- Eri Yamamoto and Kaoru Watanabe made sweet music together at Circle 57 Salon on October 19 in New York. (Photo by Lia Chang)
Jazz pianist Eri Yamamoto first heard taiko drummer and flautist Kaoru Watanabe perform when they were appearing in different ensembles on the same evening at The Stone, John Zorn’s not-for-profit performance space dedicated to the experimental and avant-garde, this summer. Watanabe’s improvisational style, playing western flute and bamboo flutes inspired by the musical landscapes of the Kabuki theater, Gagaku, and Noh with two master percussionists Tatsuya and Adam Rudolph, spoke to Ms. Yamamoto, a Japanese native who grew up in Kyoto listening to this music every day.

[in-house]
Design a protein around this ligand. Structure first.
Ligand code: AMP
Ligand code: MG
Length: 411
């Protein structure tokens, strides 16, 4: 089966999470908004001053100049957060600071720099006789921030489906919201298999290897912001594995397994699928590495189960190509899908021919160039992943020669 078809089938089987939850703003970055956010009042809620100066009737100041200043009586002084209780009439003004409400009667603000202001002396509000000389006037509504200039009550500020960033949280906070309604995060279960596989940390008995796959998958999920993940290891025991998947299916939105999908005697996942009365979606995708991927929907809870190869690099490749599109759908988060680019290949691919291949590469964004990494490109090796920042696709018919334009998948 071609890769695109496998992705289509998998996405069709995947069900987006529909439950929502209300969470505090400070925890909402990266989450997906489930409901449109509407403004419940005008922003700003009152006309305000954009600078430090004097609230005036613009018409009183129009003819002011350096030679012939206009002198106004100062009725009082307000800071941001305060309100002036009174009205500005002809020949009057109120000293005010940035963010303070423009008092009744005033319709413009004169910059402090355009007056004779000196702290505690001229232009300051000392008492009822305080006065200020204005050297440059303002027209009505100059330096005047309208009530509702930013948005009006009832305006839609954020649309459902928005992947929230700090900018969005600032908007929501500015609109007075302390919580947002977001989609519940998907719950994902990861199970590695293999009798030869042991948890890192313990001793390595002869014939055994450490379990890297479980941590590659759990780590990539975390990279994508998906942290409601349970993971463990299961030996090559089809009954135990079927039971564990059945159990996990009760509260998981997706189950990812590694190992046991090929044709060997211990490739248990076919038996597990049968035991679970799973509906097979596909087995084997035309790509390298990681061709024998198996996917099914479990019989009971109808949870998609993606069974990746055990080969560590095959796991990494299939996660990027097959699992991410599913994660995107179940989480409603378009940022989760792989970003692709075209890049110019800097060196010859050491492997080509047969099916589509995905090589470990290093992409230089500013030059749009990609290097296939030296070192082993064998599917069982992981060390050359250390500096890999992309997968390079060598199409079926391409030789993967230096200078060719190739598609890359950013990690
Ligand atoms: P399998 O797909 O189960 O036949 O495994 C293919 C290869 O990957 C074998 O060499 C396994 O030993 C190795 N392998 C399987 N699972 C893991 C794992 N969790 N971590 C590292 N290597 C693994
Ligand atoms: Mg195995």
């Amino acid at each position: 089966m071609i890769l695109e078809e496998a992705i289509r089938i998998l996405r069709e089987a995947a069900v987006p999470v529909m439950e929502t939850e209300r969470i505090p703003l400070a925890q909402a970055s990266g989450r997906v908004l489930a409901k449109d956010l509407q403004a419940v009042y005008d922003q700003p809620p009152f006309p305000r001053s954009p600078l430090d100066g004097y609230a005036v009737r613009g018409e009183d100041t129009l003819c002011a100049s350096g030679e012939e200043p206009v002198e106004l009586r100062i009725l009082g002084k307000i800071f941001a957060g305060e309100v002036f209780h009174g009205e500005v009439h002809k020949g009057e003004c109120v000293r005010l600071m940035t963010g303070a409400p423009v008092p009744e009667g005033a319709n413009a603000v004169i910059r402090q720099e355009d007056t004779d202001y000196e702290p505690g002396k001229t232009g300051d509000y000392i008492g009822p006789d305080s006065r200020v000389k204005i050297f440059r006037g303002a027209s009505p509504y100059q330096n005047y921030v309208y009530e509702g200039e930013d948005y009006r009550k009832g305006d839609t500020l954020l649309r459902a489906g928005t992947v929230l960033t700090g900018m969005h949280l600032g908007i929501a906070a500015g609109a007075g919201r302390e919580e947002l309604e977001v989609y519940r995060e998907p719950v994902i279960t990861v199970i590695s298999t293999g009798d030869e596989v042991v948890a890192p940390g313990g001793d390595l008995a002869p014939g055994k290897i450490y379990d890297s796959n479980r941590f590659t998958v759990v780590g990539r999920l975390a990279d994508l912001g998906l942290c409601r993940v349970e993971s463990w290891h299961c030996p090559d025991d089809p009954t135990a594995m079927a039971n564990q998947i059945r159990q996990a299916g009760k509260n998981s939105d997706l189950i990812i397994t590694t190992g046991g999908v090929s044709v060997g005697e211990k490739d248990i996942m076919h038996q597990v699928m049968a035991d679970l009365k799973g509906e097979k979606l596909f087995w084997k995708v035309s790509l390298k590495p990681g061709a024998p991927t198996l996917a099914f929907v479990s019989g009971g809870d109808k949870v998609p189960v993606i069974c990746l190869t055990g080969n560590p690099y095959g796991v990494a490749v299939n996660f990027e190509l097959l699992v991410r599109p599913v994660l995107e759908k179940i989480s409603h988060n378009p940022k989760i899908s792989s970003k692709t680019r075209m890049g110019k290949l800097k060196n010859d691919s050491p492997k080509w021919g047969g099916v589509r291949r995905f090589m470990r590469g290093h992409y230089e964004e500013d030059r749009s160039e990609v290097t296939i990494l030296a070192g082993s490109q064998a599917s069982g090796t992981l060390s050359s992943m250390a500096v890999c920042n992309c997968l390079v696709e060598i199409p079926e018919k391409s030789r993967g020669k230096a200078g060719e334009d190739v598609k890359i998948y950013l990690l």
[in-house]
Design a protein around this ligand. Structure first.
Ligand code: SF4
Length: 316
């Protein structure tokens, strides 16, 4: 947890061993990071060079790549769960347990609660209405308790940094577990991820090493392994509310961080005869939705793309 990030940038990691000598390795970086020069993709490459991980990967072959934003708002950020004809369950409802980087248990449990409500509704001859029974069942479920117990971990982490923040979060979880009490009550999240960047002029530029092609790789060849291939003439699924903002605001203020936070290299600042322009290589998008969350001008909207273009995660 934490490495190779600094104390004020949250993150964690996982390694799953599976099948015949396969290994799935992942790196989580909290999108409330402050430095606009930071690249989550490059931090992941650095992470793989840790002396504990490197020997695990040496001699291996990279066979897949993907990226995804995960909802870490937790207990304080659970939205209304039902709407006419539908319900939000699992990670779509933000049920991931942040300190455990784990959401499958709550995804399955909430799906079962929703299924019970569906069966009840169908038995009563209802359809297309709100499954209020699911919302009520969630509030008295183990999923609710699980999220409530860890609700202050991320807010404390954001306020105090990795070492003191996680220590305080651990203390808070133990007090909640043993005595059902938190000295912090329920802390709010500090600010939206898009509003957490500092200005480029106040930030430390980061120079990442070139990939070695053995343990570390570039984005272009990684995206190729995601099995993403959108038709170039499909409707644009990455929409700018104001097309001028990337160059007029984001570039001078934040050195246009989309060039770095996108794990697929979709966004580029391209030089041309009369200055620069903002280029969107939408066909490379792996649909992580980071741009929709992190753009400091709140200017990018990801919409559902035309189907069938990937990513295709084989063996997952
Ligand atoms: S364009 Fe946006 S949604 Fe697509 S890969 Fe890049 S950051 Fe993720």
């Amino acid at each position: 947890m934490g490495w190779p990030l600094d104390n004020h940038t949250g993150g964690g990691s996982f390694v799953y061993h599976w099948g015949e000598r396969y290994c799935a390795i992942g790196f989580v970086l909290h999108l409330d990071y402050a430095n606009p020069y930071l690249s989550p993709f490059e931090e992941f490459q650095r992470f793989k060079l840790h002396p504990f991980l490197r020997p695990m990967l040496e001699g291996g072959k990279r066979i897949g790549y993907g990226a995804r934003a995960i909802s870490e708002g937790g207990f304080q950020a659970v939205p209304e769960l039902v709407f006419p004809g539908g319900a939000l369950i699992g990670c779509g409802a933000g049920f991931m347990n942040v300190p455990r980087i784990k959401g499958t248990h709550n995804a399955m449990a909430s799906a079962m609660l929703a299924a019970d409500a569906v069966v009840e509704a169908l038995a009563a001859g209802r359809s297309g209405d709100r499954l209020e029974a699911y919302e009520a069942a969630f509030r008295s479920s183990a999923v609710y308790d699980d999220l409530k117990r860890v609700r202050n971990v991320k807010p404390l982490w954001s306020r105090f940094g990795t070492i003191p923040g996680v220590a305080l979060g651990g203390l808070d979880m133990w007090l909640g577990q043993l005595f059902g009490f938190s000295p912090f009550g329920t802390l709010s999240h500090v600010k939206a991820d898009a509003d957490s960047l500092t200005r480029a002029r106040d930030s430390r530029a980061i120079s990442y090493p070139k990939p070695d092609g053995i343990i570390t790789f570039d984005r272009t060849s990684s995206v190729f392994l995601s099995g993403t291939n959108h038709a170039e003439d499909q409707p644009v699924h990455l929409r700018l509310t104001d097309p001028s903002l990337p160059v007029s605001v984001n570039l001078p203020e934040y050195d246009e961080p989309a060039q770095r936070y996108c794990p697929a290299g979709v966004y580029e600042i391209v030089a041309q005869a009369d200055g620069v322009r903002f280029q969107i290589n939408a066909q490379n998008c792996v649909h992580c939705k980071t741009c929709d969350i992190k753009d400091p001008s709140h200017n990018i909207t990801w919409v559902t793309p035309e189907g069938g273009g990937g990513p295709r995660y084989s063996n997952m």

She proposed a collaboration via emails in Japanese, assuming he was from Japan. After all he spoke fluent Japanese and had studied Fue, traditional Japanese Folk Dancing, and taiko drums with the world famous Japanese Taiko group, Kodo, who train on the island of Sado in Japan, had travelled as member of the group, and served as a guest artistic director.
Watanabe, born and raised in St. Louis, Missouri, (whose parents are members of the St. Louis Symphony Orchestra, his mother is a harpist and father is a violinist), wrote back in English. To her surprise, she discovered he was Japanese American, but recognized in his music, his Japanese soul.
After a few rehearsals under their belt, they played together for the first time as a duo, on a sun drenched Sunday afternoon at the Circle 57 Salon in New York. Performing their original jazz based and Japanese influenced original compositions during their first collaboration, Ms. Yamamoto and Mr. Watanabe’s synergy was lyrical magic, as if they had been playing together for years. I look forward to their next. Click below to her Kaoru Watanabe’s original composition Underlying.